“Start tracking your time and see where you are spending your time. You don’t need to do it in a complex way. Just start by bucketing it. Email, admin, bookkeeping, just bucket it and see where time is going. Do it for 1–2 weeks and don’t give up; even if it’s difficult.” — Ben Sze
“Taking the leap into my own business was very daunting because I didn’t want to give up the paycheck or a potential career in finance that I enjoyed. I recommend you keep a full-time job if you can, and moonlight on your startup so you can get it started. Doing this also has the benefit of not stressing your cash flow situation. We had a period where we were not paying ourselves and it was very tough.” — Ben Sze
“Are we going to give this another crack or are we going go get full-time jobs, work half as much, and most likely earn more? What is the worst-case scenario in anything that we do; what is the worst that can happen? We are very fortunate here in this beautiful country in that we can easily take a chance. And if all fails you can go back and get a job. So the take a chance to go and pursue a passion and to pursue a dream. It’s a privilege that we all have. If you’ve got a dream or you’ve got a burning desire, take that chance because the worst-case scenario ain’t that bad.” — David Fastuca
“Surround yourself with people that had been there and done that, and can help guide the way. You will still make a hundred mistakes; we made plenty. I remember in a year, we almost shut shop over 5 times. Then there were moments where is was Sunday, and payroll was Tuesday. Business causes a lot of stress. One of our proudest things throughout the whole Locomote journey was that we were able to fund the company, pay everyone, and never miss a payment even when things were dark. For us, Locomote was our opportunity, we didn’t know if we are going to get this opportunity again, we were not going to let it go.” — David Fastuca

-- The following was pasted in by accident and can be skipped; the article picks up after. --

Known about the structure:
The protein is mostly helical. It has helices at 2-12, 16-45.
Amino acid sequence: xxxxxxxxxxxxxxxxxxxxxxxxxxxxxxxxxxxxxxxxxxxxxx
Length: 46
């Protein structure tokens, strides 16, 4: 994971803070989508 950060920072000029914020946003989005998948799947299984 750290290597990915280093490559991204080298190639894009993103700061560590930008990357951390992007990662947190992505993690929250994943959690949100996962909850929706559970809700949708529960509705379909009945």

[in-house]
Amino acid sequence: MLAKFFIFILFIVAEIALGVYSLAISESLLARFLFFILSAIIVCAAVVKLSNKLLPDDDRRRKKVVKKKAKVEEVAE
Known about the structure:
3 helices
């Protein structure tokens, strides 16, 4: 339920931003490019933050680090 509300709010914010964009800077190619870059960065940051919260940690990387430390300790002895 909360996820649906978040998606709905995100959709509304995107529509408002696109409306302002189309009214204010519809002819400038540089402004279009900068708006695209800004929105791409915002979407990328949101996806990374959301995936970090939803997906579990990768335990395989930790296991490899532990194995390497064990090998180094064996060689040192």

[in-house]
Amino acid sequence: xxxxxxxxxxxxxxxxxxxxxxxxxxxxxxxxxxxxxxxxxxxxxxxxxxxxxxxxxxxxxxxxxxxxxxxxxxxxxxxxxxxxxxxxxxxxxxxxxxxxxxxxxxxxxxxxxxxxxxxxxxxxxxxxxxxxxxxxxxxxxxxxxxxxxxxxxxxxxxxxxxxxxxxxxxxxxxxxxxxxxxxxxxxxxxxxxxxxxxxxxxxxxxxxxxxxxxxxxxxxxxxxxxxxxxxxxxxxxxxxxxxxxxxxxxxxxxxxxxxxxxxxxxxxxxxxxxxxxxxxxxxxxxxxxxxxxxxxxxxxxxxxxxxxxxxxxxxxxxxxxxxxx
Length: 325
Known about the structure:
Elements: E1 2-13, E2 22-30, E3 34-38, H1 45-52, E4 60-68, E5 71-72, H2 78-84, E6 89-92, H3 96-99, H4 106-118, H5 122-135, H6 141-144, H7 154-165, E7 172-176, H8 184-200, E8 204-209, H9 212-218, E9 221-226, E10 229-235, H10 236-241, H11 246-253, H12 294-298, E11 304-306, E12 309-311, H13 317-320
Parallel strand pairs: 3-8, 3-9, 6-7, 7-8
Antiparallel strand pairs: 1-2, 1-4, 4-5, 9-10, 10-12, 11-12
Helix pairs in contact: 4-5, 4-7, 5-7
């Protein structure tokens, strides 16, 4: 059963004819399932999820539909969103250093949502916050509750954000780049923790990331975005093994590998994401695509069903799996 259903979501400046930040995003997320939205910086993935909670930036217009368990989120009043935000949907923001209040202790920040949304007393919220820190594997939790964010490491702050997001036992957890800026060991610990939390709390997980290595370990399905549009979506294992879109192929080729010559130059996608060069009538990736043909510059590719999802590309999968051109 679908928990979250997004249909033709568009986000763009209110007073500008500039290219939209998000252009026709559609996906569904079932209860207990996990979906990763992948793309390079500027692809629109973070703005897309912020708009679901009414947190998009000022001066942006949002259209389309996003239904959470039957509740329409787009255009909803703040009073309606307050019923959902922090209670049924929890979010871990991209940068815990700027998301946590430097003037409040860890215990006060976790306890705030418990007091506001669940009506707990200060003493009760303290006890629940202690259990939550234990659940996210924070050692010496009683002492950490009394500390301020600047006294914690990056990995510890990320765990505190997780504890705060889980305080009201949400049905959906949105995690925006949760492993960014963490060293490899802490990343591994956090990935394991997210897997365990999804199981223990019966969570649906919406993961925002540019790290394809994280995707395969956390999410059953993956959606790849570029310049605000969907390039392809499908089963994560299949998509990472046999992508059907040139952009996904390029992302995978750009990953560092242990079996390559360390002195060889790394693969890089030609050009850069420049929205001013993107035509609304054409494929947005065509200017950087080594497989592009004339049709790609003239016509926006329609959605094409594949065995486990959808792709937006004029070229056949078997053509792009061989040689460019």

“Think of all these lateral sort of ways on how you can get financing. For example you don’t need $5M from day dot; you can start small to begin with until you get to that. Try and think laterally. If you have a gun to your head and couldn’t spend that sort of money, how would you do it? This is important because there will be times when you don’t have that money and you need to think like that.” — Dave Fastuca
“Having mentors is important. We have mentors now, and had coffee with one of ours the other day. In that coffee we said, “We want to be cash flow positive in X amount of time,” to which he replied, “Be patient. If you can hold out in the long run and be patient, you can build something a lot bigger and better. It is good you have your goals and want to hit those milestones–we all want that hockey stick curve on that growth graph–but just make sure you have patience because then you can really build something great as well.” — Dave Fastuca
“Go out and talk to your potential customers and pretend that you are going to sell them something. Get confidence that way. There’s no harm in speaking to potential customers. Maybe, don’t go speak to your premium, gold clients; go speak to your middle tier clients, and cut your teeth on figuring out how to pitch your business, and figure out if people will actually pay for the product or service you offer.” — Ben Sze
With thanks to
Ben Sze is a Co-Founder of Edrolo, an educational tech company that is creating better outcomes for students. Ben points out several key things that fresh founders should keep an eye on — not least of which is time. There’s a time management practice here that you’ll find invaluable.
David Fastuca is a Co-Founder of Ambisie, a business putting entrepreneurs in front of school students to broaden their horizons. David founded his first business at the age of 14 and it has had many different incarnations since then. He says we live in a lucky country where if all else fails, we can just go get a job — so have a crack at founding your own business.
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